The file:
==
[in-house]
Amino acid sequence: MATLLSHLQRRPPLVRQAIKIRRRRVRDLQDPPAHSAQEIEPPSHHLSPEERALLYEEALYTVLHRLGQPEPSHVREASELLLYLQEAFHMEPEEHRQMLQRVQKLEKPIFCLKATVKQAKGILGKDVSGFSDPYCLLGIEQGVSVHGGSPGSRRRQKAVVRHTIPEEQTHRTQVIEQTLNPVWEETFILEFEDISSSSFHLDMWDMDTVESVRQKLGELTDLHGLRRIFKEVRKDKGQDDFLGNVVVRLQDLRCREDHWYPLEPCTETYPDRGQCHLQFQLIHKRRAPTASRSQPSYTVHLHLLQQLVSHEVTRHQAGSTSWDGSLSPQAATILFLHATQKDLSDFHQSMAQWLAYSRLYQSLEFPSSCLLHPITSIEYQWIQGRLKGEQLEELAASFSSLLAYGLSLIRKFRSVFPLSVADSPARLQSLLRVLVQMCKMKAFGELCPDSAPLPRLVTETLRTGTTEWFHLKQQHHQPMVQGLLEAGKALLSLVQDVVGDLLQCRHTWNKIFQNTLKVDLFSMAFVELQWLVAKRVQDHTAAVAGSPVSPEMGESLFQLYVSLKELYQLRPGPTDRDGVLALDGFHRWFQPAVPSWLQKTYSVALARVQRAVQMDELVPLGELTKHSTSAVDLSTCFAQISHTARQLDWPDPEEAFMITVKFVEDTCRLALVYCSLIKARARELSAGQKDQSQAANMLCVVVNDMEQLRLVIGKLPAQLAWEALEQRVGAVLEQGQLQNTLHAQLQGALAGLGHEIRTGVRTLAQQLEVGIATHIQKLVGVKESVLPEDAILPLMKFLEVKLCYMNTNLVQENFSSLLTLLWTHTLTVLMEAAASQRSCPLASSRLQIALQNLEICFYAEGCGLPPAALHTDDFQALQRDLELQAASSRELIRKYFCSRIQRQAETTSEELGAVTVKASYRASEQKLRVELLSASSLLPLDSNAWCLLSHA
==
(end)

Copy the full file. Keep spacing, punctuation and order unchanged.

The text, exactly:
[in-house]
Amino acid sequence: MATLLSHLQRRPPLVRQAIKIRRRRVRDLQDPPAHSAQEIEPPSHHLSPEERALLYEEALYTVLHRLGQPEPSHVREASELLLYLQEAFHMEPEEHRQMLQRVQKLEKPIFCLKATVKQAKGILGKDVSGFSDPYCLLGIEQGVSVHGGSPGSRRRQKAVVRHTIPEEQTHRTQVIEQTLNPVWEETFILEFEDISSSSFHLDMWDMDTVESVRQKLGELTDLHGLRRIFKEVRKDKGQDDFLGNVVVRLQDLRCREDHWYPLEPCTETYPDRGQCHLQFQLIHKRRAPTASRSQPSYTVHLHLLQQLVSHEVTRHQAGSTSWDGSLSPQAATILFLHATQKDLSDFHQSMAQWLAYSRLYQSLEFPSSCLLHPITSIEYQWIQGRLKGEQLEELAASFSSLLAYGLSLIRKFRSVFPLSVADSPARLQSLLRVLVQMCKMKAFGELCPDSAPLPRLVTETLRTGTTEWFHLKQQHHQPMVQGLLEAGKALLSLVQDVVGDLLQCRHTWNKIFQNTLKVDLFSMAFVELQWLVAKRVQDHTAAVAGSPVSPEMGESLFQLYVSLKELYQLRPGPTDRDGVLALDGFHRWFQPAVPSWLQKTYSVALARVQRAVQMDELVPLGELTKHSTSAVDLSTCFAQISHTARQLDWPDPEEAFMITVKFVEDTCRLALVYCSLIKARARELSAGQKDQSQAANMLCVVVNDMEQLRLVIGKLPAQLAWEALEQRVGAVLEQGQLQNTLHAQLQGALAGLGHEIRTGVRTLAQQLEVGIATHIQKLVGVKESVLPEDAILPLMKFLEVKLCYMNTNLVQENFSSLLTLLWTHTLTVLMEAAASQRSCPLASSRLQIALQNLEICFYAEGCGLPPAALHTDDFQALQRDLELQAASSRELIRKYFCSRIQRQAETTSEELGAVTVKASYRASEQKLRVELLSASSLLPLDSNAWCLLSHA